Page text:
The U.S. Geological Survey's latest assessment of undiscovered oil and gas resources of the world reports an increase in global energy resources, with a 20 percent increase in undiscovered oil and a slight decrease in undiscovered natural gas.
This assessment estimates the volume of oil and gas, exclusive of the United States, that may be added to the world's reserves in the next 30 years.
"There is still an abundance of oil and gas in the world," said Thomas Ahlbrandt, USGS World Petroleum Assessment project chief. "Since oil became a major energy source about 100 years ago, about 539 billion barrels of oil have been produced outside of the United States. We now estimate the total amount of future technically recoverable oil, outside the U.S., to be about 2,120 billion barrels."
Ahlbrandt presented preliminary results of the World Petroleum Assessment at the AAPG annual meeting in New Orleans. The final report will be released at the World Petroleum Congress in Calgary in June.
The assessment results indicate that there is:
- More oil and gas in the Middle East and in the offshore areas of western Africa and eastern South America than previously reported.
- Less oil and gas in Canada and Mexico.
- Significantly lower volumes of natural gas in the Former Soviet Union.
With the evolution of technology and new understandings of petroleum systems, the USGS World Petroleum Assessment 2000 is the first of its kind to provide a rigorous geologic foundation for estimating undiscovered energy resources for the world. The results have important implications for energy prices, policy, security and the global resource balance.
"These assessments provide a snapshot of current information about the location and abundance of undiscovered oil and gas resources at a point in history," said Gene Whitney, USGS energy team chief scientist. "Such an overview provides exploration geologists, economists and investors a general picture of where oil and gas resources are likely to be developed in the future."
The AAPG Committee on Resource Evaluation, chaired by Ben Hare, worked with the USGS to study the methodology used in the evaluation. Hare said a subcommittee headed by Naresh Kumar made several trips to Denver to confer with USGS. officials, working over about a two-year period. The result was a statement by the AAPG Executive Committee in 1998 that endorsed the methodology used to reach the conclusions in the report.
The USGS periodically estimates the amount of oil and gas remaining to be found. Since 1981, the last three of these studies has shown a slight increase in the combined volume of identified reserves and undiscovered resources.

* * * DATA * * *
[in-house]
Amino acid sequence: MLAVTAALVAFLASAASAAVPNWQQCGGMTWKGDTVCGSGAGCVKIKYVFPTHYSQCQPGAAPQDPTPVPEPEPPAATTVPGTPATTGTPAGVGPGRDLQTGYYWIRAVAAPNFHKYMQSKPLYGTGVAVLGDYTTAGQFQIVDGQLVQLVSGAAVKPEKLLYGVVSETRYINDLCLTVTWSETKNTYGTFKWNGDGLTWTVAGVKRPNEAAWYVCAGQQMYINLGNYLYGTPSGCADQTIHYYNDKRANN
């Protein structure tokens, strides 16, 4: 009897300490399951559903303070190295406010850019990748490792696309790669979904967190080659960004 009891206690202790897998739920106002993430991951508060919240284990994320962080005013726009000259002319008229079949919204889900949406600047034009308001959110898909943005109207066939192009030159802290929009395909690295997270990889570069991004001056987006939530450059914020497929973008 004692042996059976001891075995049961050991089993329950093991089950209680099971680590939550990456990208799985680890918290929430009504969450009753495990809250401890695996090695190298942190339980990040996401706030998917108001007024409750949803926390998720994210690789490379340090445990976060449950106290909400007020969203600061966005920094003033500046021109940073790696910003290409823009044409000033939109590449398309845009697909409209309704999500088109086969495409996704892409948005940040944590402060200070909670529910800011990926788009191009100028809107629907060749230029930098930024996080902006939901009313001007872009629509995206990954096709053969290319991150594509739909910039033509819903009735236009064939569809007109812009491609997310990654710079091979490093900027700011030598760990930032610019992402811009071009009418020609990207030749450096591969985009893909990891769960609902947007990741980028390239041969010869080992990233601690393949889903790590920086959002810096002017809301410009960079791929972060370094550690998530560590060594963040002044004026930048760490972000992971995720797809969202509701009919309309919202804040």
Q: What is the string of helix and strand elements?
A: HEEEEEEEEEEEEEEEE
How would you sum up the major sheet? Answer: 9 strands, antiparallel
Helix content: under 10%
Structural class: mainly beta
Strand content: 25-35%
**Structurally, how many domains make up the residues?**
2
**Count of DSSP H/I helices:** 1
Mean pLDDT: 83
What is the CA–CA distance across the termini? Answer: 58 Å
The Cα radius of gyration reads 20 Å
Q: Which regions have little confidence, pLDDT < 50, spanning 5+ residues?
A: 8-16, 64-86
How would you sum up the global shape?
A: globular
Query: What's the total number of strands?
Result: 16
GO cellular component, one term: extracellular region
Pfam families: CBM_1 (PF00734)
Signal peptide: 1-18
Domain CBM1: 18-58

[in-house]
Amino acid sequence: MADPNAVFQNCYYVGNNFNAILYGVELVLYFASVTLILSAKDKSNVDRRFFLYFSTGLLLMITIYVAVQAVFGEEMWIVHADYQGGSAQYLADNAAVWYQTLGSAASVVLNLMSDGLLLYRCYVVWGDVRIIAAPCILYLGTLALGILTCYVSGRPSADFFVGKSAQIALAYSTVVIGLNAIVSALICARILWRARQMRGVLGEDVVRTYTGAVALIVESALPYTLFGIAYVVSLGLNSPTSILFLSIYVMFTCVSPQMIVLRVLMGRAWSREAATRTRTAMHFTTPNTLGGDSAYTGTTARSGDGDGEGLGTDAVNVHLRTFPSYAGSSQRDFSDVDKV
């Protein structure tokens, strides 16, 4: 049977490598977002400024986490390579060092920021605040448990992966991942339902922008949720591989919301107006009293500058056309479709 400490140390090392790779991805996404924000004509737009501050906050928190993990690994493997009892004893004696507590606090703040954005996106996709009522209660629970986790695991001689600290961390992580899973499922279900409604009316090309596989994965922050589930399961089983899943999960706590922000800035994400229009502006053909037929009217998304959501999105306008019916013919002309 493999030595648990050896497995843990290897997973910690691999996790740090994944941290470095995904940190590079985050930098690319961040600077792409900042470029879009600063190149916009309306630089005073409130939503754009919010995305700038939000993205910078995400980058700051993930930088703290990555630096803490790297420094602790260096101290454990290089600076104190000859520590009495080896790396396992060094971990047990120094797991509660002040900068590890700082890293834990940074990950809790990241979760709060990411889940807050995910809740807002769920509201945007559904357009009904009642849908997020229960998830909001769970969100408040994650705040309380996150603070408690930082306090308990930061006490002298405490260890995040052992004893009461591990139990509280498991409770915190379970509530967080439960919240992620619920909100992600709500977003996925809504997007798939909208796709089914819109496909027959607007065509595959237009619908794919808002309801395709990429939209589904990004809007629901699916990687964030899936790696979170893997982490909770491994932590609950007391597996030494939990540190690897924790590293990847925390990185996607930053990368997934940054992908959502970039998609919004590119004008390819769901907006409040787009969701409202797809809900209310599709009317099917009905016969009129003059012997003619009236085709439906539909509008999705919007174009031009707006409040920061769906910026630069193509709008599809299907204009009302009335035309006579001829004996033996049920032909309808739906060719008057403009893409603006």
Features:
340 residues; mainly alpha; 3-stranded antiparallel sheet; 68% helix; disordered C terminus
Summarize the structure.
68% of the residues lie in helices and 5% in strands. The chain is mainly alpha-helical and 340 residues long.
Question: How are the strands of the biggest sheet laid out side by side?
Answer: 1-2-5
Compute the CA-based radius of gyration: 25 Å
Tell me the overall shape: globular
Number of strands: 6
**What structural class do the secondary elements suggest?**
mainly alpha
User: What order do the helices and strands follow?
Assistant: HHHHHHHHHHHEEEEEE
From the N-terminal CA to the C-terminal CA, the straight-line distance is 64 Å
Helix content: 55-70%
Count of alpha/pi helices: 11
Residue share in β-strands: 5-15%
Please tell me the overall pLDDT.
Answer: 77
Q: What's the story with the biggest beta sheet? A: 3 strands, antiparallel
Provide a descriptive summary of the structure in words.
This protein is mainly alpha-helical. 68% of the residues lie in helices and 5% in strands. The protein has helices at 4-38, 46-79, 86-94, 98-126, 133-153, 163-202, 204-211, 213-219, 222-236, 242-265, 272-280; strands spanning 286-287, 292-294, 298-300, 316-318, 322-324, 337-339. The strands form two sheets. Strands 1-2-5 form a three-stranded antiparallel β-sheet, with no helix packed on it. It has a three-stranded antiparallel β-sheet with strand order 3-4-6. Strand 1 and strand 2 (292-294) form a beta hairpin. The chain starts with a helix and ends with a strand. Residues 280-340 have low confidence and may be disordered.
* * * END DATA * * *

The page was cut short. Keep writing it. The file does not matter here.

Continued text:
In USGS World Petroleum Assessment 2000, the world was divided into approximately 1,000 petroleum provinces -- based primarily on geologic factors -- and then grouped into eight regions roughly comparable to the eight economic regions defined by the U.S. State Department.
Significant petroleum resources are known to exist in 406 of the 1,000 geologic provinces.
Additionally, estimates of reserve growth at the world level were made for the first time. Reserve growth estimates nearly equal those of undiscovered resources. Reserve growth results from the following:
As drilling and production within discovered fields progresses, new pools or reservoirs are found that were not previously known.
Advances in exploration technology make it possible to identify new targets within existing fields.
Advances in drilling technology make it possible to recover oil, and gas not previously considered recoverable in the initial reserve estimates.
Enhanced oil recovery techniques increase the recovery factor for oil, and thereby increase the reserves within existing fields.
Supporting geological data already have been released for the Former Soviet Union; Sub-Saharan Africa and North Africa; the Arabian Peninsula; South Asia; the Asia Pacific region; South America; and Iran.
The USGS works in cooperation with more than 2,000 organizations across the country to provide reliable, impartial scientific information to resource managers, planners and other customers.
This information is gathered in every state by USGS scientists to minimize the loss of life and property from natural disasters, contribute to the sound conservation and the economic and physical development of the nation's natural resources, and enhance the quality of life by monitoring water, biological, energy and mineral resources.